University: University of Groningen
Course: LLB in International and European Law
Which year you are in: 2nd Year
Home Town in UK: Durham
1. Why did you choose to study abroad?
I was interested in pursuing health law (though this was mainly offered at a Master’s level) and I did not necessarily want to tie myself to British law as I wasn’t sure I wanted to be a barrister or solicitor. I found this law course at the University of Groningen that really interested me and I hope it would not only expand my horizons but also help me stand out from the crowd on the job market.
2. How would you rate the assistance of the university before you arrived (the application process, finding accommodation, sorting out financial matters)?
I had a lot of contact with the Law Faculty, specifically the international office of the Law Faculty. They arranged a two-day programme for me to follow when I visited. So I was able to attend lectures and working groups plus met current students, which was extremely informative. They were also always available to answer questions by phone or email.
The application process is not difficult it just takes quite a bit of time, as you have to submit a lot of documents. Plus I had to take an entrance test; this was not difficult as it was more logical reasoning and personality questions but you did have to do it on a specific day.
You do have to pay your yearly tuition fees at the start of the year or in instalments throughout. You are not entitled to British student finance so have to fund it yourself however my whole three year degree is less than a single year at a UK university.
You need to find your own accommodation really as it is typical for Dutch students to live in the city in rooms and apartments. There is a university housing office providing accommodation for international students. Hence living arrangements are a bit different to the UK.
3. How would you rate the assistance of the university when you arrived (orientation etc)?
The University of Groningen has a welcome day and my faculty also had a welcome day. Both of these were sufficient to provide me with all the information needed, especially as I had previously received a comprehensive welcome pack before I left the UK.
The organisations, such as ESN (European Student Network) also have events and activities. However, there is not really a ‘fresher’s week’ as you have in the UK.
4. Did you feel prepared when you arrived and/or what surprised you?
Yes I felt very prepared as both the Law Faculty and the University provided sufficient information.
5. How would you rate the learning environment (teaching style, studying with other international students, non-native English speaking lecturers)?
It is very good. We have both lectures and working groups (seminars) that are very similar to the UK in many ways. Though the number of students in the lectures is typically less, only around 70, which is productive. Despite the small cohorts there are so many different nationalities it is so easy to make friends form all over the world. I have learnt a lot about different cultures and countries, and also how to make my English globally understandable.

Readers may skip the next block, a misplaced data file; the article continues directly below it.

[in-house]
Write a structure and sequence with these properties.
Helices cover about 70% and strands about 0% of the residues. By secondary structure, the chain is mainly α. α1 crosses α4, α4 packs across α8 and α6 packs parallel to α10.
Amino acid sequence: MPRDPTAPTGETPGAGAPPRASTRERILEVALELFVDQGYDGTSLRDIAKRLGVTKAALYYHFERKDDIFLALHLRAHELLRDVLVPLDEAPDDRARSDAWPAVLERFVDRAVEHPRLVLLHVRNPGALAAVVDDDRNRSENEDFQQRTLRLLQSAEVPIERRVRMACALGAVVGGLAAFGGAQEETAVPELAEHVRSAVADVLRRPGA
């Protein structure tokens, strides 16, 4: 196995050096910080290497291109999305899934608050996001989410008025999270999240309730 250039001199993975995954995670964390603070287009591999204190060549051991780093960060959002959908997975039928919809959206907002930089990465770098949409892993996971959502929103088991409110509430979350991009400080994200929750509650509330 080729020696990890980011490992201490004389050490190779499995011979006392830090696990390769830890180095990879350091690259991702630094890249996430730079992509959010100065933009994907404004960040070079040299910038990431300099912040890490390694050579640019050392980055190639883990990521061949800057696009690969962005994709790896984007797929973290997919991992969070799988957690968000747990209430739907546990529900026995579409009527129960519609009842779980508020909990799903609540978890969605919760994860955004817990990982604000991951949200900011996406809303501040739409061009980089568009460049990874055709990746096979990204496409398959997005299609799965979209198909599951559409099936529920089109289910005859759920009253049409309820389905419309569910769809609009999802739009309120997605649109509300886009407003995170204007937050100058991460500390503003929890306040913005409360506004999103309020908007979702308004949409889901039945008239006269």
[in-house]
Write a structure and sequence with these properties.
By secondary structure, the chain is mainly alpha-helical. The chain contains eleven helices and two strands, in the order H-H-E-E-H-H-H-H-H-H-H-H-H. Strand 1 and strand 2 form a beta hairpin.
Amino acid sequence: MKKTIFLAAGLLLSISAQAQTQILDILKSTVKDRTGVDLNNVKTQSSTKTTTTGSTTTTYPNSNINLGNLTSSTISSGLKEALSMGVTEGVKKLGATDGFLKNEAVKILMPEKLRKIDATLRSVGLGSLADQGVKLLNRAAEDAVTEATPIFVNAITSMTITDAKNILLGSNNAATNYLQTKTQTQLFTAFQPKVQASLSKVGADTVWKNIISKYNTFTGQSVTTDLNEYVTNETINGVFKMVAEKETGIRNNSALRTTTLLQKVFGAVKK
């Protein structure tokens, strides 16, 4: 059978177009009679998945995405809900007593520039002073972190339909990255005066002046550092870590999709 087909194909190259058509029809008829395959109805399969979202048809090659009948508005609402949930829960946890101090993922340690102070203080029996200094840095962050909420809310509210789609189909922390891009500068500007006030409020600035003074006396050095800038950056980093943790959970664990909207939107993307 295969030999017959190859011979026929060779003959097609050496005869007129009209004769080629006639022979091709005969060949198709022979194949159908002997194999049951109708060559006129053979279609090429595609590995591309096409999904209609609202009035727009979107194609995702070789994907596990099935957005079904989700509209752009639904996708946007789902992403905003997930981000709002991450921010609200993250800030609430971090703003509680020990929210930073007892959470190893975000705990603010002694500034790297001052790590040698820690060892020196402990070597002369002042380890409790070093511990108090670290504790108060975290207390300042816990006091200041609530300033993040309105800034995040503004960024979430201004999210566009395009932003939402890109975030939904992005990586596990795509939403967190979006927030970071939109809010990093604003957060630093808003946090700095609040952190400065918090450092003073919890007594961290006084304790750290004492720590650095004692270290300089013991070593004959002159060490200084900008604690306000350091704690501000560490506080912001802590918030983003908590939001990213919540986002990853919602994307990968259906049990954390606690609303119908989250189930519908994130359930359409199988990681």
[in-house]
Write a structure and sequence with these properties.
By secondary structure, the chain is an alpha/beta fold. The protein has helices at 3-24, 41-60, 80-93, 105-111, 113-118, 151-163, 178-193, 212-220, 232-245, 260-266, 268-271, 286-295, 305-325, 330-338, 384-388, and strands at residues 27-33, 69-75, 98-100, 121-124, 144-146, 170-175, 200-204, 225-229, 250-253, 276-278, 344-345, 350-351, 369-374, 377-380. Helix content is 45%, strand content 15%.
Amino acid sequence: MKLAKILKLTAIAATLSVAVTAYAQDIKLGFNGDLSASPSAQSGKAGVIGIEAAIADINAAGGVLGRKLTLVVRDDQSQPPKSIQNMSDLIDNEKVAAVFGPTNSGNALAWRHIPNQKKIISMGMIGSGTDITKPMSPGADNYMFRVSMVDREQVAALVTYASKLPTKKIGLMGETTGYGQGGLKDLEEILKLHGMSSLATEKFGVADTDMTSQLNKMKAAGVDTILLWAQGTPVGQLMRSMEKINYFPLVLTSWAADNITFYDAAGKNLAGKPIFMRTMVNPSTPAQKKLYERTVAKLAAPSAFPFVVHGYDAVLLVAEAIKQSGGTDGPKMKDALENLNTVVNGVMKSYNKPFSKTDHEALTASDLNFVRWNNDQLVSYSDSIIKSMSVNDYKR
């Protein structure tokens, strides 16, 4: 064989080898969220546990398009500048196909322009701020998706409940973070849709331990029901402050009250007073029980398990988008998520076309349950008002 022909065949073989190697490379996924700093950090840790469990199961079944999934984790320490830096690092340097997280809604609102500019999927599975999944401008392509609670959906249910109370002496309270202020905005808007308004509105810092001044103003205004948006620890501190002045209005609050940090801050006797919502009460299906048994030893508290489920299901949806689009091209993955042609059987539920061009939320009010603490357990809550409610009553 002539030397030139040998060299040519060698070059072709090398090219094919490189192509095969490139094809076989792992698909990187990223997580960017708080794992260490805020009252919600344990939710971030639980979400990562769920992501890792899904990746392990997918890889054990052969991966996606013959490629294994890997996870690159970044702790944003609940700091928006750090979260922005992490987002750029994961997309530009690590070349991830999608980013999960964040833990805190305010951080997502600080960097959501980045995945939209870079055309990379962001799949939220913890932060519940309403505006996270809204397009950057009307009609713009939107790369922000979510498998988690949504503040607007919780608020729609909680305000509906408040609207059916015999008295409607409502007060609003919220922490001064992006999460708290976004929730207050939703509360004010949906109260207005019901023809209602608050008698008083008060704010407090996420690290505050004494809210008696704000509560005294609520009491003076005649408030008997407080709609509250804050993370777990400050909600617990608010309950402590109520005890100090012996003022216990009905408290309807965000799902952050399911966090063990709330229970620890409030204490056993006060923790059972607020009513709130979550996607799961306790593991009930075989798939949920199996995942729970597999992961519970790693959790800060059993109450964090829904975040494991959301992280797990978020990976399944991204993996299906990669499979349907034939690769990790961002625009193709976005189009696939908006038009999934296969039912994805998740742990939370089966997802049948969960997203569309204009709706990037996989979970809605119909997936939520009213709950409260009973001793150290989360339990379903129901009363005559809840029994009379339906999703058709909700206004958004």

The majority of teachers have an extremely high level of English. Plus as a native English speaker I would say I have an advantage compared to other students, where English is their second language, as I can piece together what was meant if the teacher uses some weird word order.
6. Would you recommend studying abroad to a 17-18 year old Brit who might never have thought about it before?
Yes it truly opens your eyes to the world and you definitely grow-up. Moreover, you learn a lot about yourself on the journey.
7. Is there anything you wish someone had told you at the time you applied?
I was quite well informed having spoken to students who already studied in Groningen. I definitely recommend doing this – you can ask the university, your school, study abroad organisations and try Facebook for this.
I would personally stress these four points to anyone considering applying:
- There is a short period between being accepted and actually starting as classes begin around the 1st September
- Groningen (and some other Dutch universities) use Binding Study Advice (BSA) meaning you have to pass 45 of the 60 credits in your first year to be able to continue. This means you really have to work as soon as you start as my first exams were within seven weeks and they count towards my final degree result. There is still time for fun though!
- We receive far fewer official holidays only around eight weeks in summer, two at Christmas, the weekend of Easter and a few public holidays.
- It’s difficult to find a part-time job unless you speak Dutch, though there are some limited opportunities for native English speakers such as editing. Therefore you really have to be self-reliant, especially as you receive no financial aid from the British Government.
8. Would you recommend your course, university, city to British students?
Yes Groningen is very much like Durham as it’s very student-orientated. The only difference is its has no hills! There is plenty of nightlife and activities as students make up about a quarter of the population.
My course is excellent and a compulsory part is an exchange period abroad so on my ‘abroad from abroad’ I’m off to Washington DC, USA, in September. It is worth pointing out if you want to do national (British) law, i.e. be a solicitor, this is probably not the course for you as it is a long route. But it can be done - you just have to take a conversion course afterwards.
You don’t need to learn Dutch, it is useful to get the basics but everyone speaks English so you can always get help if needed so don’t let that put you off.
The best thing I can say is give it a go as I’m sure you won’t regret it – I certainly have not!